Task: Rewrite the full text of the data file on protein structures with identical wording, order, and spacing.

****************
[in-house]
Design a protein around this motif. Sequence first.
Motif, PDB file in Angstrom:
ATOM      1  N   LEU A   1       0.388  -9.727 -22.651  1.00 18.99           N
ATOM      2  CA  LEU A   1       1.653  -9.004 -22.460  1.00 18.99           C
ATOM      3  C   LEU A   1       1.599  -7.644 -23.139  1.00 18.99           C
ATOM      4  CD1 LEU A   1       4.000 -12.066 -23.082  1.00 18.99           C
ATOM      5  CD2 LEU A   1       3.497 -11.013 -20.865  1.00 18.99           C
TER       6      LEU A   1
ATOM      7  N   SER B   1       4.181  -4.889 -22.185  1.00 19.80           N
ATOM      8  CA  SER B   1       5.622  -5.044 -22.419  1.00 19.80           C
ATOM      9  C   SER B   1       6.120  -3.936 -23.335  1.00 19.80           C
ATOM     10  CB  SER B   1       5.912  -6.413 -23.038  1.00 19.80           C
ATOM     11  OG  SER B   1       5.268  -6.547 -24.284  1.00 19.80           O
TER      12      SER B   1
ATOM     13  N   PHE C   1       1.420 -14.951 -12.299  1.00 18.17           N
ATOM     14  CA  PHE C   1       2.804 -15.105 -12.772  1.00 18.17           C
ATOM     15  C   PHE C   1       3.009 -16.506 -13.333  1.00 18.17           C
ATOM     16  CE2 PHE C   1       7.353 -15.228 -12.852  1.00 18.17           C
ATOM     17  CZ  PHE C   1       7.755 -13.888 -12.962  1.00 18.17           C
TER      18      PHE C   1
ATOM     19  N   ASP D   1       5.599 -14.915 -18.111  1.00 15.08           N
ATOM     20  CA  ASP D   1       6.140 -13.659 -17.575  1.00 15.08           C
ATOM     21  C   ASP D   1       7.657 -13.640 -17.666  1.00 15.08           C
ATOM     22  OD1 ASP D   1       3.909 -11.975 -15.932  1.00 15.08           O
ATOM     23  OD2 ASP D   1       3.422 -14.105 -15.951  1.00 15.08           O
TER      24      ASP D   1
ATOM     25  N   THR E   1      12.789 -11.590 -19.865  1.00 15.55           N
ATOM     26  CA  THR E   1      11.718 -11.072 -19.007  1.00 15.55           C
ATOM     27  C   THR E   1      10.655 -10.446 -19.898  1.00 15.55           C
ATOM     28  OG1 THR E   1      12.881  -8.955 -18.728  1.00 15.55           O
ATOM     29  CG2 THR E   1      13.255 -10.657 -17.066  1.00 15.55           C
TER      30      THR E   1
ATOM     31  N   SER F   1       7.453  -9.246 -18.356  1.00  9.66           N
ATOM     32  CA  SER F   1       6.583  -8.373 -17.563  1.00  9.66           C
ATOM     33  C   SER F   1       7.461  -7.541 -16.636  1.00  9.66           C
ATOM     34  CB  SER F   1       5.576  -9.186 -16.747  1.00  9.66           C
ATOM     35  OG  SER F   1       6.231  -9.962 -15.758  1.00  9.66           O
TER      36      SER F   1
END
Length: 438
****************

[in-house]
Design a protein around this motif. Sequence first.
Motif, PDB file in Angstrom:
ATOM      1  N   LEU A   1       0.388  -9.727 -22.651  1.00 18.99           N
ATOM      2  CA  LEU A   1       1.653  -9.004 -22.460  1.00 18.99           C
ATOM      3  C   LEU A   1       1.599  -7.644 -23.139  1.00 18.99           C
ATOM      4  CD1 LEU A   1       4.000 -12.066 -23.082  1.00 18.99           C
ATOM      5  CD2 LEU A   1       3.497 -11.013 -20.865  1.00 18.99           C
TER       6      LEU A   1
ATOM      7  N   SER B   1       4.181  -4.889 -22.185  1.00 19.80           N
ATOM      8  CA  SER B   1       5.622  -5.044 -22.419  1.00 19.80           C
ATOM      9  C   SER B   1       6.120  -3.936 -23.335  1.00 19.80           C
ATOM     10  CB  SER B   1       5.912  -6.413 -23.038  1.00 19.80           C
ATOM     11  OG  SER B   1       5.268  -6.547 -24.284  1.00 19.80           O
TER      12      SER B   1
ATOM     13  N   PHE C   1       1.420 -14.951 -12.299  1.00 18.17           N
ATOM     14  CA  PHE C   1       2.804 -15.105 -12.772  1.00 18.17           C
ATOM     15  C   PHE C   1       3.009 -16.506 -13.333  1.00 18.17           C
ATOM     16  CE2 PHE C   1       7.353 -15.228 -12.852  1.00 18.17           C
ATOM     17  CZ  PHE C   1       7.755 -13.888 -12.962  1.00 18.17           C
TER      18      PHE C   1
ATOM     19  N   ASP D   1       5.599 -14.915 -18.111  1.00 15.08           N
ATOM     20  CA  ASP D   1       6.140 -13.659 -17.575  1.00 15.08           C
ATOM     21  C   ASP D   1       7.657 -13.640 -17.666  1.00 15.08           C
ATOM     22  OD1 ASP D   1       3.909 -11.975 -15.932  1.00 15.08           O
ATOM     23  OD2 ASP D   1       3.422 -14.105 -15.951  1.00 15.08           O
TER      24      ASP D   1
ATOM     25  N   THR E   1      12.789 -11.590 -19.865  1.00 15.55           N
ATOM     26  CA  THR E   1      11.718 -11.072 -19.007  1.00 15.55           C
ATOM     27  C   THR E   1      10.655 -10.446 -19.898  1.00 15.55           C
ATOM     28  OG1 THR E   1      12.881  -8.955 -18.728  1.00 15.55           O
ATOM     29  CG2 THR E   1      13.255 -10.657 -17.066  1.00 15.55           C
TER      30      THR E   1
ATOM     31  N   SER F   1       7.453  -9.246 -18.356  1.00  9.66           N
ATOM     32  CA  SER F   1       6.583  -8.373 -17.563  1.00  9.66           C
ATOM     33  C   SER F   1       7.461  -7.541 -16.636  1.00  9.66           C
ATOM     34  CB  SER F   1       5.576  -9.186 -16.747  1.00  9.66           C
ATOM     35  OG  SER F   1       6.231  -9.962 -15.758  1.00  9.66           O
TER      36      SER F   1
END
Length: 438